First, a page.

Monday, October 5, 2009

Improving your serve

"Therefore as we have opportunity, let us do good to all people, especially to those who belong to the family of believers."
Galatians 6:10 (NIV)

Relationships would be so much easier if it just weren't for the people involved.

In one of the last episodes of Jesus' ministry in Galilee, Jesus told His disciples about His destiny: He will be betrayed, killed, and rise again from the dead (Mark 9:30-31).

Immediately after this revelation, the disciples followed Jesus down the road to Capernaum. But the journey was far from silent. The Twelve argued among themselves who is the greatest within their ranks. Disagreement traveled all the way to Capernaum. When they arrived at the house in which they stayed, Jesus asked the men what they discussed. They were silent.

Jesus knew His friends argued. He also knew what they argued about. And so, He began to teach them about greatness; or rather about humility. If you want to be great, He said, you must be last and a servant (Mark 9:30-37).

What motivates any argument? In James 3, the Apostle writes wherever there is bitter jealousy, covetousness, pride, or selfish ambition, there is turmoil. He also says God opposes the proud, but gives grace to the humble. Why? Is it because where pride is there is simply no room for God? Does He give grace to the one who is humble because that person recognizes their need for what He has to give?

James' words accurately describe what took place among the disciples. Unfortunately, the argument didn't belong among the followers of Jesus. Yet, even in His presence there was "disorder" and "vile practices." Jesus turned the disciples' argument upside down. They weren't talking about being last or about serving. But, Jesus said that's how a person becomes first.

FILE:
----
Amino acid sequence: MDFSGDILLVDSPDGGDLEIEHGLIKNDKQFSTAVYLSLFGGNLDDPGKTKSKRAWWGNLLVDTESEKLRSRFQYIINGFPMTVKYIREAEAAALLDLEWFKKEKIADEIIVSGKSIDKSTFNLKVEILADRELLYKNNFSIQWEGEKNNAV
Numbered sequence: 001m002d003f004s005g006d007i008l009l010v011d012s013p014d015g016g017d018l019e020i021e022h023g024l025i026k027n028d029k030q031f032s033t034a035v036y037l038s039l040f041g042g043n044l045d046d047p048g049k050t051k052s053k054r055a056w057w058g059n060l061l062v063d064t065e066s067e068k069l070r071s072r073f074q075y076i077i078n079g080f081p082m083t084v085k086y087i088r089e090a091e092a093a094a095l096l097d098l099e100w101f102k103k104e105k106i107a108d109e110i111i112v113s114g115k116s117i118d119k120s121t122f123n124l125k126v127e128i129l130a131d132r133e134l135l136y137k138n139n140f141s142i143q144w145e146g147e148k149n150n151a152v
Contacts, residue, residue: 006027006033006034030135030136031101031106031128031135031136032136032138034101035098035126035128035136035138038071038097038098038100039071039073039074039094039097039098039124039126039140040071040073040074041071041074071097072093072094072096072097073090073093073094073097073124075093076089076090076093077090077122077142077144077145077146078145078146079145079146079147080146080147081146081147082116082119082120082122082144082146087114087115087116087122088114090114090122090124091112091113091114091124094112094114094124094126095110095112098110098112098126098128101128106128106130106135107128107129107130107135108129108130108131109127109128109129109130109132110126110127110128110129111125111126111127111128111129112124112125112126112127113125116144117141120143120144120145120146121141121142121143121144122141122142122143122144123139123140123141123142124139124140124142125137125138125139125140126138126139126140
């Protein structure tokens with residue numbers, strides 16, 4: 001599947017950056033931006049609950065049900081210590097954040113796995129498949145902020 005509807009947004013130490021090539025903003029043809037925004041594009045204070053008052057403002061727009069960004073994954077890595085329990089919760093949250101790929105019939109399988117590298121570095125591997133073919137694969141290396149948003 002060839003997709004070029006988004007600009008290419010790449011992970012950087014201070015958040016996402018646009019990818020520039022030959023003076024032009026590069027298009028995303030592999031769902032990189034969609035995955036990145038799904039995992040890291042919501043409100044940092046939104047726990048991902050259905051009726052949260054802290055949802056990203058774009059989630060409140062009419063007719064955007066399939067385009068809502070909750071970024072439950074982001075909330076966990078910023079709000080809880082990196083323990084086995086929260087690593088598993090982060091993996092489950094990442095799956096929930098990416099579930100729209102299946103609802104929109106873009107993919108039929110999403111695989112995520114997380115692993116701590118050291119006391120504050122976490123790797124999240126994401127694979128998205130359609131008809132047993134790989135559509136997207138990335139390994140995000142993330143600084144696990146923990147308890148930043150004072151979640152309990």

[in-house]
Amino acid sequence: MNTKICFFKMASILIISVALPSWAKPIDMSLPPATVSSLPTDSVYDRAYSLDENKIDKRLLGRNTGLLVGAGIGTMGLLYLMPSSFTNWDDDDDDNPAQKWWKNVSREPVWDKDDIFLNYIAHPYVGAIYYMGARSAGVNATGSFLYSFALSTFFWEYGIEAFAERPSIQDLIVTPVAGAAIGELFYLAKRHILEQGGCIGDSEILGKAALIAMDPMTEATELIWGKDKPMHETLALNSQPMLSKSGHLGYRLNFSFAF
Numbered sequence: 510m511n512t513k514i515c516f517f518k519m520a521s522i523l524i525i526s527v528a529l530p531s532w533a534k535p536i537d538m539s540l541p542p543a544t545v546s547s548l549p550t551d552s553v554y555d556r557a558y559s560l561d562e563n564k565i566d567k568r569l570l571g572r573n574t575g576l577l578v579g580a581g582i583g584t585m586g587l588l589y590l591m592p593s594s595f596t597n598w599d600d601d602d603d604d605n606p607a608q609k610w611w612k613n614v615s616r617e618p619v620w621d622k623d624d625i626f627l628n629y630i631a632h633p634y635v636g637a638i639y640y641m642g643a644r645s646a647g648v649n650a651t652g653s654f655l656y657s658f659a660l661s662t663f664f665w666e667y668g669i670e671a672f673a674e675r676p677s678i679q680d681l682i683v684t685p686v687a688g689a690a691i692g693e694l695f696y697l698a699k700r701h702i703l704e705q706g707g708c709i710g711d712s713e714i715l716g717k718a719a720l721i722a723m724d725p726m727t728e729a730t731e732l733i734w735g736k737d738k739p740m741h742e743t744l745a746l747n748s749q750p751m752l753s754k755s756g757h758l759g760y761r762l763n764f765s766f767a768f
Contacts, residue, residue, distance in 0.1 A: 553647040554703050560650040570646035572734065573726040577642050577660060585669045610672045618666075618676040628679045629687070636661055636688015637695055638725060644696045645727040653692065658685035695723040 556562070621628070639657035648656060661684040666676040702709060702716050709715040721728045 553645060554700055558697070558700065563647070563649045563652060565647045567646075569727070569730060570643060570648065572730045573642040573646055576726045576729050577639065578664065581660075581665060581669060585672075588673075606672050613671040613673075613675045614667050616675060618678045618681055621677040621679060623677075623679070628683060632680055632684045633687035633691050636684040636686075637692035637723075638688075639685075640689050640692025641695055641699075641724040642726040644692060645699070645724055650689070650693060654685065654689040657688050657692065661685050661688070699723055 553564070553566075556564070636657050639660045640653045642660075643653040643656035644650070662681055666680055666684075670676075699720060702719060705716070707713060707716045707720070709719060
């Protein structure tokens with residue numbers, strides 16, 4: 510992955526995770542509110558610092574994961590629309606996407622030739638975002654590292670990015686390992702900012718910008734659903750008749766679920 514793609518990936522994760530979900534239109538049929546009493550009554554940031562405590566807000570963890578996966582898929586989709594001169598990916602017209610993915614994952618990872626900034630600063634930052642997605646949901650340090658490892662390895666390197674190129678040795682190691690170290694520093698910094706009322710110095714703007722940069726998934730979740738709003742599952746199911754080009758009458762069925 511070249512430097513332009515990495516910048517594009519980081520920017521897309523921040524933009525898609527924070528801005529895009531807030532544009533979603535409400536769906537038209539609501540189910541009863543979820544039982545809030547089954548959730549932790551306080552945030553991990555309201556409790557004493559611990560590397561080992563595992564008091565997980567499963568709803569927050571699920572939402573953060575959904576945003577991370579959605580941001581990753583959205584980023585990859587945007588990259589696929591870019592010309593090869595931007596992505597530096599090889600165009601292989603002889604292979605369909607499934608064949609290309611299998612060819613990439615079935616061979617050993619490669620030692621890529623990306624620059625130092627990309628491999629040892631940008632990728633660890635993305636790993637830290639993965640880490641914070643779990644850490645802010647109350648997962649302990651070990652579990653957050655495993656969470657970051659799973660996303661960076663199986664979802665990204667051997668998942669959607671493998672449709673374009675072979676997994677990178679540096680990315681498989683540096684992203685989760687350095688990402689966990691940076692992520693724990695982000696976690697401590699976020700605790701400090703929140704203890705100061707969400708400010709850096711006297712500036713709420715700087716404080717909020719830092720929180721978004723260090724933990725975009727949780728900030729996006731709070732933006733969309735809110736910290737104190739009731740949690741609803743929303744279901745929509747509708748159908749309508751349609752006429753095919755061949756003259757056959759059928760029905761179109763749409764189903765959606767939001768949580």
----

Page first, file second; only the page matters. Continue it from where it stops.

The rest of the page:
Jesus is the greatest. He is the first. He met the criterion when He was delivered into the hands of men, killed, and rose from the dead. He is the servant of all.

Like me, do you quarrel with your spouse because you want something done your way? Do you pull rank to end a family argument? Concerned with your interests, do you ignore a co-worker's need? What about within your church. Do you close your ears to another's viewpoint and push a personal agenda? We're human; so it's probably safe to say we've each, "been there, done that."

Based on Jesus' teaching, James encourages, "Who is wise and understanding among you? By his good conduct let him show his works in meekness of wisdom...the wisdom from above is first pure, then peaceable, gentle, open to reason, full of mercy and good fruits, impartial and sincere. And a harvest of righteousness is sown in peace by those who make peace." (James 3:13, 17-18)

Are you intrigued by the notion of a servant heart? Does part of you hang back because you're afraid that being last could mean being taken advantage of?

Jesus accomplished the ultimate act of service. He gives us power to serve with wisdom that is humble, open to reason, fair, and forgiving. When we do, we produce "a harvest of righteousness" and peace.

Blessings, dear friend.
Faithfully Following

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